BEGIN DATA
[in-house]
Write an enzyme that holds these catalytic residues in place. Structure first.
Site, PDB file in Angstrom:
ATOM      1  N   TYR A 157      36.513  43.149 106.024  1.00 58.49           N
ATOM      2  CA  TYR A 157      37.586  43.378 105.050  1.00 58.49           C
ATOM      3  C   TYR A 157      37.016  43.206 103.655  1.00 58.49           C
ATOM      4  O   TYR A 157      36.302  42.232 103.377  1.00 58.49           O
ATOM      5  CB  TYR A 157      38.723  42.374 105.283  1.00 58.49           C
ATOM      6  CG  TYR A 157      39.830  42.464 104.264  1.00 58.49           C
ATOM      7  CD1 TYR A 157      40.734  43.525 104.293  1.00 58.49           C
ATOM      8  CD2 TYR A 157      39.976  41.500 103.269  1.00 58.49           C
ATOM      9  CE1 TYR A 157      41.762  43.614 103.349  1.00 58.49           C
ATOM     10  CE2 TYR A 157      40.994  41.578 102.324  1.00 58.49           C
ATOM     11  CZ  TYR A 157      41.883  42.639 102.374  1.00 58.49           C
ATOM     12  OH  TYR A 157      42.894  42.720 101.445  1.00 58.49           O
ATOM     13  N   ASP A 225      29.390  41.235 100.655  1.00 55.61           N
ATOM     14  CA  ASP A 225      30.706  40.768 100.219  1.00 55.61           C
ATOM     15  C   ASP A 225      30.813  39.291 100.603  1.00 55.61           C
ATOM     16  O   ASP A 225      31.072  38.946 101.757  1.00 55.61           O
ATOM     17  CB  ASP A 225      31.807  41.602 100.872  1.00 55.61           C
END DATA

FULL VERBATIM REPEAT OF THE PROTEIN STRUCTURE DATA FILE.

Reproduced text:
[in-house]
Write an enzyme that holds these catalytic residues in place. Structure first.
Site, PDB file in Angstrom:
ATOM      1  N   TYR A 157      36.513  43.149 106.024  1.00 58.49           N
ATOM      2  CA  TYR A 157      37.586  43.378 105.050  1.00 58.49           C
ATOM      3  C   TYR A 157      37.016  43.206 103.655  1.00 58.49           C
ATOM      4  O   TYR A 157      36.302  42.232 103.377  1.00 58.49           O
ATOM      5  CB  TYR A 157      38.723  42.374 105.283  1.00 58.49           C
ATOM      6  CG  TYR A 157      39.830  42.464 104.264  1.00 58.49           C
ATOM      7  CD1 TYR A 157      40.734  43.525 104.293  1.00 58.49           C
ATOM      8  CD2 TYR A 157      39.976  41.500 103.269  1.00 58.49           C
ATOM      9  CE1 TYR A 157      41.762  43.614 103.349  1.00 58.49           C
ATOM     10  CE2 TYR A 157      40.994  41.578 102.324  1.00 58.49           C
ATOM     11  CZ  TYR A 157      41.883  42.639 102.374  1.00 58.49           C
ATOM     12  OH  TYR A 157      42.894  42.720 101.445  1.00 58.49           O
ATOM     13  N   ASP A 225      29.390  41.235 100.655  1.00 55.61           N
ATOM     14  CA  ASP A 225      30.706  40.768 100.219  1.00 55.61           C
ATOM     15  C   ASP A 225      30.813  39.291 100.603  1.00 55.61           C
ATOM     16  O   ASP A 225      31.072  38.946 101.757  1.00 55.61           O
ATOM     17  CB  ASP A 225      31.807  41.602 100.872  1.00 55.61           C